The weather is taking its toll on that magnificent old corrugated iron house that obviously goes back a long time and no doubt is part of the Bloomfield area's history.
Graders are working flat out in the new subdivisions, blocks are being sold and houses are going up everywhere but in the past 12 months since this column first brought the old house to notice its condition has further deteriorated.
So what's going to happen to it?
Will it be demolished?
It's probably doomed because it occupies a prime hill spot that overlooks Orange and if that happens it will be a shame.
It should somehow be saved because it's the perfect example of what life was like back in the early 1900s and its future should be decided before it falls down. Or maybe that's what the developers would prefer.
The house could be on part of the original land grant to Orange pioneer Joseph Moulder who had 1200 acres in the south where he built his first house that he called Bloomfield.
The name was later used for the nearby Bloomfield psychiatric hospital, a Bloomfield rail siding that serviced the area, Bloomfield School built in 1899 and the hamlet's Bloomfield Post Office.
So the place is full of history and the old tin house is part of it somewhere.
It shouldn't be left to fall down.
Surveillance alive and well
Suspicions this column has been mistakenly bugged by undercover spooks from ICAC have been confirmed.
It seemed odd when a missing mobile phone began doing strange things after it was temporarily misplaced and when found and switched on opened up with nonsensical messages about land deals.
Then there was the bloke inconspicuously wearing a striped butcher's apron and straw hat in TJ's newsagency in Summer Street watching while I got the papers and then scribbling notes in an exercise book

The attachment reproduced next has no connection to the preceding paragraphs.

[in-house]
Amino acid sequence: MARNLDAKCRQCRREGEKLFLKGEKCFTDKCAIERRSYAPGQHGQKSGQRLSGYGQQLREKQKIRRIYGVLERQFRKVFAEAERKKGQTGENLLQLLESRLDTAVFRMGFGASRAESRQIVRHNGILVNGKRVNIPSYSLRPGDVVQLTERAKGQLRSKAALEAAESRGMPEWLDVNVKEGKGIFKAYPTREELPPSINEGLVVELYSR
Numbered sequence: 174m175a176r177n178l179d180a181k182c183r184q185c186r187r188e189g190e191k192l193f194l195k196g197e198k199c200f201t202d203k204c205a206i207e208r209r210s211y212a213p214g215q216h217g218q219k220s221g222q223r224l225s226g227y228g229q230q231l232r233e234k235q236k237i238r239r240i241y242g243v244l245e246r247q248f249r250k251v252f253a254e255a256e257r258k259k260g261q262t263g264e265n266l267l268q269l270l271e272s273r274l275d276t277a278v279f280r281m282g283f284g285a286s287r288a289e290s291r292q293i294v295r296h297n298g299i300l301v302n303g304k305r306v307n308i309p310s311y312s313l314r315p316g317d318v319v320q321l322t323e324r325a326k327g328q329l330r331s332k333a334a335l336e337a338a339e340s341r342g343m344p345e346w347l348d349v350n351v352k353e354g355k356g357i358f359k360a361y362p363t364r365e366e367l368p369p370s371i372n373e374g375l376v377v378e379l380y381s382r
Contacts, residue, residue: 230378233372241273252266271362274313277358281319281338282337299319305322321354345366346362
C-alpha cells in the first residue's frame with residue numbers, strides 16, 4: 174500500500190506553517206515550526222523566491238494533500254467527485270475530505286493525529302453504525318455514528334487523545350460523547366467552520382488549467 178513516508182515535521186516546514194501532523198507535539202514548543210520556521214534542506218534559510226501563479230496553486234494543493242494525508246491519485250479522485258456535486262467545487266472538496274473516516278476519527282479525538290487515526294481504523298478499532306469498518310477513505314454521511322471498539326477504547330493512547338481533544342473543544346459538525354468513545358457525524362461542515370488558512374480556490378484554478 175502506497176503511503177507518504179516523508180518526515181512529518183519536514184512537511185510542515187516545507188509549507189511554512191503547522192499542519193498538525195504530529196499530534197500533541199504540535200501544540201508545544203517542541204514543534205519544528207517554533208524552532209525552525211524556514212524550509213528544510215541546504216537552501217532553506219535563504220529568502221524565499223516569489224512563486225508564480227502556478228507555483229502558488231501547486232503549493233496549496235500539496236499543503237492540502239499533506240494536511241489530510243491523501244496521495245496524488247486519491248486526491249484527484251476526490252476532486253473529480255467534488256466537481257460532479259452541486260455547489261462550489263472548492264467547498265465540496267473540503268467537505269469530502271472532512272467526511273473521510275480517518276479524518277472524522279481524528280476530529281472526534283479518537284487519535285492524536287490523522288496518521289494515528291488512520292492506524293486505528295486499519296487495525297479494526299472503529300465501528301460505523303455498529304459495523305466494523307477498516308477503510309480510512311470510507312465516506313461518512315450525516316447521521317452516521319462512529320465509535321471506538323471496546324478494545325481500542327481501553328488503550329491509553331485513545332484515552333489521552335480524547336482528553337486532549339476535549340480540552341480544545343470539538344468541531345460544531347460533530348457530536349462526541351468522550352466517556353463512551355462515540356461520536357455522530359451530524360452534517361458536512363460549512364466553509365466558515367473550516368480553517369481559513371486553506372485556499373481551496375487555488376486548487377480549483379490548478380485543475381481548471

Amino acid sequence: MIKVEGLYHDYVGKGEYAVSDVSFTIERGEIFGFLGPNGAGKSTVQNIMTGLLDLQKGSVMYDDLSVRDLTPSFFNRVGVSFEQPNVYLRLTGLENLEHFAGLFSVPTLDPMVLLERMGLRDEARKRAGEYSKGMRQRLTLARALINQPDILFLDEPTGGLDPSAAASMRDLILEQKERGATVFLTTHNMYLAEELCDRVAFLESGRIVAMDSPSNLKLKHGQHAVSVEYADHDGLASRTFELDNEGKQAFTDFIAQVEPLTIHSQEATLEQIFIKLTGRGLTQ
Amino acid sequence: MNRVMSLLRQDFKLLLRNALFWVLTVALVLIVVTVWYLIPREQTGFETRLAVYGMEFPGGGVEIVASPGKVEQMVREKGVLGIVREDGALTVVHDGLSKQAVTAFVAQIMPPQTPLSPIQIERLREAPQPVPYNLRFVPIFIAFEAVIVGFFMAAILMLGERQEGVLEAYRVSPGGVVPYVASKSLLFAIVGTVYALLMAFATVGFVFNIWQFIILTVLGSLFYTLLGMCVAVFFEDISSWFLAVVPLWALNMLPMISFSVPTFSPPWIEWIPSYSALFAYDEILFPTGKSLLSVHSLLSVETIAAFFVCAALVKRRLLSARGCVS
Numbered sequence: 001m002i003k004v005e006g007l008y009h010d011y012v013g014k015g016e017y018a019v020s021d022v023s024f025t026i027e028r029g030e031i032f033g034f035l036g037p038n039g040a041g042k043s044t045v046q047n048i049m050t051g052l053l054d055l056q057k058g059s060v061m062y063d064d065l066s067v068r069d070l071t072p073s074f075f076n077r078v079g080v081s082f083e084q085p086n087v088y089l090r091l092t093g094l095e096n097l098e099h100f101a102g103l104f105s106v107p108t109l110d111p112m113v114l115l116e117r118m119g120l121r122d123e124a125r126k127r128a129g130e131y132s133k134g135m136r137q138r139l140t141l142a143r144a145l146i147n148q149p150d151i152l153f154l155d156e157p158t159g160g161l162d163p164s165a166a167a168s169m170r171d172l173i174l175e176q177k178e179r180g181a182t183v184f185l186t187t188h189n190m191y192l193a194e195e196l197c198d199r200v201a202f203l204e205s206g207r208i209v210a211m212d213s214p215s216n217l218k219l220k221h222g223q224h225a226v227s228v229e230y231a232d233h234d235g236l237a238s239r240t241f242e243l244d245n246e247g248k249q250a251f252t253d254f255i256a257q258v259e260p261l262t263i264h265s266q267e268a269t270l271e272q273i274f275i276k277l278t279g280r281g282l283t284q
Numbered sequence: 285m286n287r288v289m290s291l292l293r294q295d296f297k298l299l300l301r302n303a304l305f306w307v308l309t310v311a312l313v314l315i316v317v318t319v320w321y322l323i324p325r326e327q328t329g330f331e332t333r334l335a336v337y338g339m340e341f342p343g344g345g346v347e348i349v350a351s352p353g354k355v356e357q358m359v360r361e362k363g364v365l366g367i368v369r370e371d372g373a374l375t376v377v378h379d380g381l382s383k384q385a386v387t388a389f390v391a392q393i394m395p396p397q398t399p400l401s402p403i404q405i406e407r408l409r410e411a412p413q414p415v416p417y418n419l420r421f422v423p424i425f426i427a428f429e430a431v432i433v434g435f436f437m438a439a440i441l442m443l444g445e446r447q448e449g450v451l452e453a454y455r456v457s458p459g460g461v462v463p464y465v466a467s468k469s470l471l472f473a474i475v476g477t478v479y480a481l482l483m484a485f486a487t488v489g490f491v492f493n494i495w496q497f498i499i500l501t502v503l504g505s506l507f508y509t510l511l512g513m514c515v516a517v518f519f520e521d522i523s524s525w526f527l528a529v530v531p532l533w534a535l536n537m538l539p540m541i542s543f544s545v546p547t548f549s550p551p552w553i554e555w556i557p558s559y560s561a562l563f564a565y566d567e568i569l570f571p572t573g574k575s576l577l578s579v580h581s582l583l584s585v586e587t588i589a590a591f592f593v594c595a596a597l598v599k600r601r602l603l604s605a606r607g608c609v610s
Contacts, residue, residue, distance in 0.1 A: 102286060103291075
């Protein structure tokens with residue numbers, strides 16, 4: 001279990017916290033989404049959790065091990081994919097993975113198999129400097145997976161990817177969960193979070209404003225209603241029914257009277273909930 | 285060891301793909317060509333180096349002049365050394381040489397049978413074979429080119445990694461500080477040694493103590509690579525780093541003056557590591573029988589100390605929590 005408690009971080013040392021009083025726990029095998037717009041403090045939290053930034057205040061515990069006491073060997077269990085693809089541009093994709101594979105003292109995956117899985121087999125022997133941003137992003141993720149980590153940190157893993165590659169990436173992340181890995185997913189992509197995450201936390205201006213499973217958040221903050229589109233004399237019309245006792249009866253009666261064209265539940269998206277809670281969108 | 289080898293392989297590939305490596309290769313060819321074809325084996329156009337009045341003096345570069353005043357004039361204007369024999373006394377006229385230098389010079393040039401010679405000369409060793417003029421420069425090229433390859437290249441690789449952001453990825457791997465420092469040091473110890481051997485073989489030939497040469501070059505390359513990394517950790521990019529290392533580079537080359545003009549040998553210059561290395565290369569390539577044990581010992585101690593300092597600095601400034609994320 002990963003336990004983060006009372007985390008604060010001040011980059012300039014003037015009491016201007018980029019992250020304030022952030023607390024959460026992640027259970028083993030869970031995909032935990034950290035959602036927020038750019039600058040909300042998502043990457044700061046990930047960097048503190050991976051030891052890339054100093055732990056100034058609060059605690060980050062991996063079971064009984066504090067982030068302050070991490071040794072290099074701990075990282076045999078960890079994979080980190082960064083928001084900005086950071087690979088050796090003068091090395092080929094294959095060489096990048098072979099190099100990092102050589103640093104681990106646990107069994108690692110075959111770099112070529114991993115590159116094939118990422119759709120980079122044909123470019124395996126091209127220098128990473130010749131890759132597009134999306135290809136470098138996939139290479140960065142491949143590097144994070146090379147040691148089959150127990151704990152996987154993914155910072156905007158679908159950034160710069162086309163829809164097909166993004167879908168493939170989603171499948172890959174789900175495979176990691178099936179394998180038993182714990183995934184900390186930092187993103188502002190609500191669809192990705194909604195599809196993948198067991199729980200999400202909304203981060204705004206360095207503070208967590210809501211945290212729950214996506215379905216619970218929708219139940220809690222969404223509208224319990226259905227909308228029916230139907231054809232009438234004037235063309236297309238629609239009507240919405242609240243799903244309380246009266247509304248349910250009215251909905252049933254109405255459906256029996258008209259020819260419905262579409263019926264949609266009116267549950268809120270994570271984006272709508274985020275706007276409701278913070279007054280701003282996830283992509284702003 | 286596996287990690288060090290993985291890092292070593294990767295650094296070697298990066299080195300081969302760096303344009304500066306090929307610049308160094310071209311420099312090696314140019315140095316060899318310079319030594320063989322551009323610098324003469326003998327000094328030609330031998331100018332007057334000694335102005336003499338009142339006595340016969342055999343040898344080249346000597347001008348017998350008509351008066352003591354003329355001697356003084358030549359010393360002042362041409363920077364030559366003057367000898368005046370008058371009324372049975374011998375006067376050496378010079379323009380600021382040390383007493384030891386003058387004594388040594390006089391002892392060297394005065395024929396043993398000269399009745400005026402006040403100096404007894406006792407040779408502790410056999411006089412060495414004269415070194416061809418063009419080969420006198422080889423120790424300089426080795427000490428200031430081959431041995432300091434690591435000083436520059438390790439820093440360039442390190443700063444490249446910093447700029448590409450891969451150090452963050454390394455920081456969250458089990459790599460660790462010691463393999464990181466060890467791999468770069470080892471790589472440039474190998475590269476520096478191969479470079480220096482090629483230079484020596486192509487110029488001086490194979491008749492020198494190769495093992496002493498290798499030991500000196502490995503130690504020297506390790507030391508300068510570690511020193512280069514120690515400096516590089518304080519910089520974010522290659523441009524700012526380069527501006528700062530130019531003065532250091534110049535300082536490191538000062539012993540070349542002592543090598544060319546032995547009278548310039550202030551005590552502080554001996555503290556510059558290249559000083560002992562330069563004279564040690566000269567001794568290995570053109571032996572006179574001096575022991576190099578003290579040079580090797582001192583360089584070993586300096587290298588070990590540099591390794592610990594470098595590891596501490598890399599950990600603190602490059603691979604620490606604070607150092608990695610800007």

It was a cunning disguise but obviously he was an ICAC spy who'd lost his directions to the Civic Centre or somewhere where his job no doubt was to sneak in to photograph people without their knowledge.
Another disguised chap in a black cloak and top hat who was loitering inside with him asked the newsagent's Nicole whether she knew of a journalist who had talked to Chinese investors about buying Robertson Park and then quietly mumbled something into a red carnation pinned on his lapel.
Both were intruding into personal matters so it would be good to know why this column was under surveillance. But it's certainly a relief to know ICAC operatives working in their clandestine roles are on the ball so we can all sleep soundly under our beds at night.
Best man won on the night
The Telegraph's rugby league wafflers were put out in a big way when Orange's Jack Wighton won the prestigious Dally M award over their pet favourite Nathan Cleary.
One even lamented voting should be revamped because Cleary 'was the best player in the competition but missed out'.
Time for a break and laugh
Two elderly women are sipping their coffee on the footpath outside a Summer Street cafe when a truck goes past loaded with rolls of lawn.
"I'm going to do that when I win Lotto," one says to her friend.
"Do what?" she asks.
"Send my lawn out to be mowed..."
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